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Length frequency distributions of billfishes (Xiphiidae and Istiophoridae) from Indonesian tuna longline observer data









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    Report of the Eleventh Session of the IOTC Working Party on Billfish 2013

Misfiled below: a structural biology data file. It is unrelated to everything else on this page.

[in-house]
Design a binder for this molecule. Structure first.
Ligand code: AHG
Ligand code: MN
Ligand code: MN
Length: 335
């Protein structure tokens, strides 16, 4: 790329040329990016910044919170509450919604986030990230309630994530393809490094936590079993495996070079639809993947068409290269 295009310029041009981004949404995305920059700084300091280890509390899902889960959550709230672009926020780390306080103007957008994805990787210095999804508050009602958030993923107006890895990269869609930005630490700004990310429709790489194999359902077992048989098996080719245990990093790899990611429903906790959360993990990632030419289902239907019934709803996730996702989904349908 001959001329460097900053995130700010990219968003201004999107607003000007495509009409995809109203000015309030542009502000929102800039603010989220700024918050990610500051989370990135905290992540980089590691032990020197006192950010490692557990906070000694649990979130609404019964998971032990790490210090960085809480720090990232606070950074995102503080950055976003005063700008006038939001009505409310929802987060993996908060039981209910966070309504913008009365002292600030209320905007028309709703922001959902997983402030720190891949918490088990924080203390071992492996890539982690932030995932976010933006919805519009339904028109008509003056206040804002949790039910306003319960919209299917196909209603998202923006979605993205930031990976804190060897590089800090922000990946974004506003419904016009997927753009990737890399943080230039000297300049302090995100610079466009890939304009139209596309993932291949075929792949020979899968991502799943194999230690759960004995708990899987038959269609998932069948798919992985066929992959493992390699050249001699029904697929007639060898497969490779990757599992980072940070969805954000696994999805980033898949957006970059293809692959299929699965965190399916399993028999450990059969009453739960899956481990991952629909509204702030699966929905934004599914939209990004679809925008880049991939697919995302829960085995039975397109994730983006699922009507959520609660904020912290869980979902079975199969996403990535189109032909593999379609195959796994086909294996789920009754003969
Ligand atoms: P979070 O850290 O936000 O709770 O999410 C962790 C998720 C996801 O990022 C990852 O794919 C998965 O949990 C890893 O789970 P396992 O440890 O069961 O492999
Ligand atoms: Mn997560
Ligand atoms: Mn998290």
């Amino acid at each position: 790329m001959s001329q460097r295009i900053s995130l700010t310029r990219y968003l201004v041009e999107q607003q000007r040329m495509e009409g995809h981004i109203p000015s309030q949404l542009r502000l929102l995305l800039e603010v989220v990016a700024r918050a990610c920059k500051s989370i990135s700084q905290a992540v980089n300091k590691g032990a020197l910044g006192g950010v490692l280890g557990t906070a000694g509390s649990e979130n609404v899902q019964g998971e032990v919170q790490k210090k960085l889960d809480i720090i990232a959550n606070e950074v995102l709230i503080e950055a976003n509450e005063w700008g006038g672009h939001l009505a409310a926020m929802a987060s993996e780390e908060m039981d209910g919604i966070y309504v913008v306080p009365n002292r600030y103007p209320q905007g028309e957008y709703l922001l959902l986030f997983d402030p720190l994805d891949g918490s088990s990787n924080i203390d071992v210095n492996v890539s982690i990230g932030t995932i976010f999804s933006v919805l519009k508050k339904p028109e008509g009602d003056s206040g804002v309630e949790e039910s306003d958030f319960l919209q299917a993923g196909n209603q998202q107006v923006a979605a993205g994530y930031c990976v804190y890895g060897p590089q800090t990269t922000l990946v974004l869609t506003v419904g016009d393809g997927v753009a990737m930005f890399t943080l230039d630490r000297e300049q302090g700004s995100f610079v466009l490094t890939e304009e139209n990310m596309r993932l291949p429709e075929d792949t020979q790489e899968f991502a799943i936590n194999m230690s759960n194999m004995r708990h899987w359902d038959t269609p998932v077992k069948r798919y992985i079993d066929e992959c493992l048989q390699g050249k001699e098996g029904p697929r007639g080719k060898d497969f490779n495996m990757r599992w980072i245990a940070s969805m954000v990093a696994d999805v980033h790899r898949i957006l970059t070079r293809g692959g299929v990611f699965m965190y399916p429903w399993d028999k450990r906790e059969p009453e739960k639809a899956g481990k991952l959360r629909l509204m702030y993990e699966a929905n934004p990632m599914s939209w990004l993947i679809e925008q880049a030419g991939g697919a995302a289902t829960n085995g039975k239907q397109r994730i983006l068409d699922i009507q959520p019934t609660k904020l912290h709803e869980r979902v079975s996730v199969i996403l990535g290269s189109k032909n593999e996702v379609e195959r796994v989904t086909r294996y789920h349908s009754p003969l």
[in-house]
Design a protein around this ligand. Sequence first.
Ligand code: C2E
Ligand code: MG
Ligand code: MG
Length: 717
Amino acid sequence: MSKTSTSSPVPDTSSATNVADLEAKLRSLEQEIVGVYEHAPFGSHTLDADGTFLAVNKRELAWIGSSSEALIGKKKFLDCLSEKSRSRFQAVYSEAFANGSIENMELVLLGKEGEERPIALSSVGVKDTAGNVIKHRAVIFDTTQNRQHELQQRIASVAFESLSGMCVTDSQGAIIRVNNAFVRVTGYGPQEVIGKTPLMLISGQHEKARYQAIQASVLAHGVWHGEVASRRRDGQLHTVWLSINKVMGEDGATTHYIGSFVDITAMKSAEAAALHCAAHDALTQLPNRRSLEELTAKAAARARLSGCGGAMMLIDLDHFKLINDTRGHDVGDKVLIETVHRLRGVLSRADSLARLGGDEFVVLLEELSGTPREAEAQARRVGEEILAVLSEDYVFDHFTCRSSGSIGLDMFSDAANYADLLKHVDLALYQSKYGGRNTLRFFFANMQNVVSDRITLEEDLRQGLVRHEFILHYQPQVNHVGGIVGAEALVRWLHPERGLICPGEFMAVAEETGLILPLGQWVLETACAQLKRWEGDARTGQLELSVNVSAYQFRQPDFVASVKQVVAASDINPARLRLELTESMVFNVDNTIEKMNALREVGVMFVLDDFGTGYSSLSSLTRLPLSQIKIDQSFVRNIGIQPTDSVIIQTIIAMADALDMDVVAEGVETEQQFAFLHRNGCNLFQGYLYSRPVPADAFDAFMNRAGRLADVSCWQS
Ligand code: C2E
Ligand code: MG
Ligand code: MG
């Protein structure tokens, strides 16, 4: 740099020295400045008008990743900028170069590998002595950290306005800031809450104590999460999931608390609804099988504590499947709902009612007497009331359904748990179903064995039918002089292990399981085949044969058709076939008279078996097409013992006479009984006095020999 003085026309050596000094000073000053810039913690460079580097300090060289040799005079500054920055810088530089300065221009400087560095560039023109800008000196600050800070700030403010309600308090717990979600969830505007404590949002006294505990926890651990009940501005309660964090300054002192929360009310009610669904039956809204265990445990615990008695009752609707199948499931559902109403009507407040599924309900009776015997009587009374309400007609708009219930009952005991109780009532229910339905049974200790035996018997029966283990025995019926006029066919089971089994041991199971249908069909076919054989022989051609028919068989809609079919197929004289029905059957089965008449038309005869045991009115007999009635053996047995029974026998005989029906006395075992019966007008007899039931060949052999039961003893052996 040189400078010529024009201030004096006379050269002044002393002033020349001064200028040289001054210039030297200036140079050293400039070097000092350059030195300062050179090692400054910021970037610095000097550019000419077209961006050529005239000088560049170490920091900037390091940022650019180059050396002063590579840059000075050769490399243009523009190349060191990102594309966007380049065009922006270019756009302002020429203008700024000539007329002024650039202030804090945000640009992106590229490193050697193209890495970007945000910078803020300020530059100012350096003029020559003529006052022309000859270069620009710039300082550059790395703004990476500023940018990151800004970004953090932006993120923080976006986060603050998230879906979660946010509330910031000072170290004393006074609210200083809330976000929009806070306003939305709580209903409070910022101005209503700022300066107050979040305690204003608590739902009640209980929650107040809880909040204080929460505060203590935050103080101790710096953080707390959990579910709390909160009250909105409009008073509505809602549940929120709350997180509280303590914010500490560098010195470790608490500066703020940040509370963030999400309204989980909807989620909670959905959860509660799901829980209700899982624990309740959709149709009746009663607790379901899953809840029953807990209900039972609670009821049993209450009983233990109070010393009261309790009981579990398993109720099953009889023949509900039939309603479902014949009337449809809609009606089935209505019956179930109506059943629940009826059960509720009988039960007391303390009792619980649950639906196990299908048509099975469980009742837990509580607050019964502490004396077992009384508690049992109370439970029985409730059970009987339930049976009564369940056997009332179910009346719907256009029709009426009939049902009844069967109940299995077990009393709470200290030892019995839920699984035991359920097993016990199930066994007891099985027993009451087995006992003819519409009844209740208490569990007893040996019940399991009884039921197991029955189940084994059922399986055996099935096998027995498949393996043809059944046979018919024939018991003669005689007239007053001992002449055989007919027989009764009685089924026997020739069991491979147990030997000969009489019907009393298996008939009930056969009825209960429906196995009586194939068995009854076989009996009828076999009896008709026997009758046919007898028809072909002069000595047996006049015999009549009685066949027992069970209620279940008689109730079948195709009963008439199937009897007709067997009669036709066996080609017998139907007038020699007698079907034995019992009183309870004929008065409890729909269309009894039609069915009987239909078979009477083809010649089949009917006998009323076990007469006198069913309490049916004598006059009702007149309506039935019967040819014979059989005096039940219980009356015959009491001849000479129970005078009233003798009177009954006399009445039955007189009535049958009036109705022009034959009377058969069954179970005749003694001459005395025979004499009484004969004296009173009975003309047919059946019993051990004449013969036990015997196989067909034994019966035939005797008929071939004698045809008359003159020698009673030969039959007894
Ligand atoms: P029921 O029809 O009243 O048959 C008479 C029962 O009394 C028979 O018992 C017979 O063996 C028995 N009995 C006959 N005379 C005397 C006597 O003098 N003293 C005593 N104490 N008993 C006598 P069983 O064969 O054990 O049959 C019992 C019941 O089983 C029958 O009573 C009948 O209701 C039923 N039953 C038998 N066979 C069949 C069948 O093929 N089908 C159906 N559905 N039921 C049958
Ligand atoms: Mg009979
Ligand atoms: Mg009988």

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    The Eleventh Session of the Indian Ocean Tu Commission?s (IOTC) Working Party on Billfish (WPB) was held in La Réunion, France, from 18 to 22 September 2013. A total of 24 (23 in 2012) participants attended the Session, including one invited expert, Dr. Humber Andrade, from the Universidade Federal Rural de Permbuco, Brazil. The meeting was opened on 18 September, 2013 by the Chair, Dr Jérôme Bourjea (La Réunion, France), who welcomed participants to La Réunion, France. Catch, Catch-and-effort, Size data The WPB RECOMMENDED that all CPCs assess and improve the status of catch-and-effort data for marlins (by species) and sailfish, noting that improvements to the data for the EU fleets and its provision to the IOTC Secretariat, would be most beneficial to the work of the WPB. (para. 25) Effect of piracy on billfish fisheries The WPB NOTED that, although no specific alysis of the impacts of piracy on fisheries in the Indian Ocean were presented at this meeting, paper IOTC–2013–WPB11–07 Re v_1 indicated that there has been a substantial displacement of catch (Fig. 1) and effort eastward (Fig. 2). Since 2004, annual catches have declined steadily, largely due to the continued decline in the number of active Taiwan,Chi longliners in the Indian Ocean (Fig. 3). In recent years, the proportion of fishing effort of the Japanese longline fleet sharply decreased in the north-western Indian Ocean (off the Somalia coastline), while fishing effort increased in the area south of 25°S, especia lly off western Australia. (para. 40) The WPB NOTED that the relative number of active longline vessels in the IOTC area of competence have declined substantially since 2008 (Fig. 3), and AGREED that this was likely due to the impact of piracy activities in the western Indian Ocean. Since 2011, there has been an increase in the relative number of active longline vessels in the Indian Ocean for Japan (68 in 2011 to 98 in 2012), Chi (10 in 2011 to 32 in 2012) and the Philippines (2 in 2011 to 14 i n 2012) (Fig. 3). (Para. 41) Pakistan gillnet fishery RECALLING IOTC Resolution 12/12 to prohibit the use of large-scale driftnets on the high seas in the IOTC area, paragraph 1, which states: “1. The use of large-scale driftnets on the high seas within the IOTC area of competence shall be prohibited.” “Large-scale driftnets” are defined as gillnets or other nets or a combition of nets that are more than 2.5 kilometers in length whose purpose is to enmesh, entrap, or entangle fish by drifting on the surface of, or in, the water column.”, the WPB RECOMMENDED that the SC note the findings of the study that gillnets in excess of the 2.5 km limit are being used by the gillnet fleets of Pakistan on the high seas, in contravention of Resolution 12/12. (para. 44) Revision of the WPB workplan The WPB RECOMMENDED that the SC consider and endorse the workplan and assessment schedule for the WPB for 2014, and tentatively for future years, as provided at Appendix XII and Appendix XIII, respectivel y. (para 192) Consolidated recommendations of the Eleventh Session of the Working Party on Billfish The WPB RECOMMENDED that the Scientific Committee consider the consolidated set of recommendations arising from WPB11, provided at Appendix XIV, as well as the magement advice provided in the draft resource stock status summary for each of the billfish species under the IOTC mandate: (para 205) o Black marlin (Makaira indica) – Appendix VII o Blue marlin (Makaira nigricans) – Appendix VIII o Strip ed marlin (Tetrapturus audax) – Appendix IX o Indo-Pacific sailfish (Istiophorus platypterus) – Appendix X o Swordfish (Xiphias gladius) – Appendix XI ???????????????????A summary of the stock status for billfish species under the IOTC mandate is provided in Table 1.